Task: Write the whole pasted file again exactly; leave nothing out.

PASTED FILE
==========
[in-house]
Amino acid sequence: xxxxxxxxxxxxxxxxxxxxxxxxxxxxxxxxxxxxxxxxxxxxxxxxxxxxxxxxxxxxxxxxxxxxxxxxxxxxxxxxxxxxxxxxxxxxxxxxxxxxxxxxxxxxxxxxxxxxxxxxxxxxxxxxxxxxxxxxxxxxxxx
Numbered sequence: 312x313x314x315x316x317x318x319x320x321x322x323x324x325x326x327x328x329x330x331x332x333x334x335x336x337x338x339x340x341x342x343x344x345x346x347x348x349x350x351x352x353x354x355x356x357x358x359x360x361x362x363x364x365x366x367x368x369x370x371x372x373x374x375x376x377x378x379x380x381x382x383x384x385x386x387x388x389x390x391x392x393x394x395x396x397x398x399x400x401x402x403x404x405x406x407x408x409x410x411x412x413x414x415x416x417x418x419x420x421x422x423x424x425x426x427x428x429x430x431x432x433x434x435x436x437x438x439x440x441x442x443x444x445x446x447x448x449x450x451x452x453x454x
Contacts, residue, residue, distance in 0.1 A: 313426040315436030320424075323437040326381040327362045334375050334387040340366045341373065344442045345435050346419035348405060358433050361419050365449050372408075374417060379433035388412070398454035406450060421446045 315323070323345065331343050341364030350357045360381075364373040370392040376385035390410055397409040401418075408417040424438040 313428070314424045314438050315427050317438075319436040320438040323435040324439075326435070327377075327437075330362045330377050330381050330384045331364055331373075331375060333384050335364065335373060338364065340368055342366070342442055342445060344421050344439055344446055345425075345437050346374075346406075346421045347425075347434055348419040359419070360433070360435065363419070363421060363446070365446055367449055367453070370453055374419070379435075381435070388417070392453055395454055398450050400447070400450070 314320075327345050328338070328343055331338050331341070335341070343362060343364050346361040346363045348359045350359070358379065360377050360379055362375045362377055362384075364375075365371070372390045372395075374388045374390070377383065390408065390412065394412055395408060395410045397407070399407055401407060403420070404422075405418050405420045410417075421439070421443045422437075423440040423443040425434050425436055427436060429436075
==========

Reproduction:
[in-house]
Amino acid sequence: xxxxxxxxxxxxxxxxxxxxxxxxxxxxxxxxxxxxxxxxxxxxxxxxxxxxxxxxxxxxxxxxxxxxxxxxxxxxxxxxxxxxxxxxxxxxxxxxxxxxxxxxxxxxxxxxxxxxxxxxxxxxxxxxxxxxxxxxxxxxxxx
Numbered sequence: 312x313x314x315x316x317x318x319x320x321x322x323x324x325x326x327x328x329x330x331x332x333x334x335x336x337x338x339x340x341x342x343x344x345x346x347x348x349x350x351x352x353x354x355x356x357x358x359x360x361x362x363x364x365x366x367x368x369x370x371x372x373x374x375x376x377x378x379x380x381x382x383x384x385x386x387x388x389x390x391x392x393x394x395x396x397x398x399x400x401x402x403x404x405x406x407x408x409x410x411x412x413x414x415x416x417x418x419x420x421x422x423x424x425x426x427x428x429x430x431x432x433x434x435x436x437x438x439x440x441x442x443x444x445x446x447x448x449x450x451x452x453x454x
Contacts, residue, residue, distance in 0.1 A: 313426040315436030320424075323437040326381040327362045334375050334387040340366045341373065344442045345435050346419035348405060358433050361419050365449050372408075374417060379433035388412070398454035406450060421446045 315323070323345065331343050341364030350357045360381075364373040370392040376385035390410055397409040401418075408417040424438040 313428070314424045314438050315427050317438075319436040320438040323435040324439075326435070327377075327437075330362045330377050330381050330384045331364055331373075331375060333384050335364065335373060338364065340368055342366070342442055342445060344421050344439055344446055345425075345437050346374075346406075346421045347425075347434055348419040359419070360433070360435065363419070363421060363446070365446055367449055367453070370453055374419070379435075381435070388417070392453055395454055398450050400447070400450070 314320075327345050328338070328343055331338050331341070335341070343362060343364050346361040346363045348359045350359070358379065360377050360379055362375045362377055362384075364375075365371070372390045372395075374388045374390070377383065390408065390412065394412055395408060395410045397407070399407055401407060403420070404422075405418050405420045410417075421439070421443045422437075423440040423443040425434050425436055427436060429436075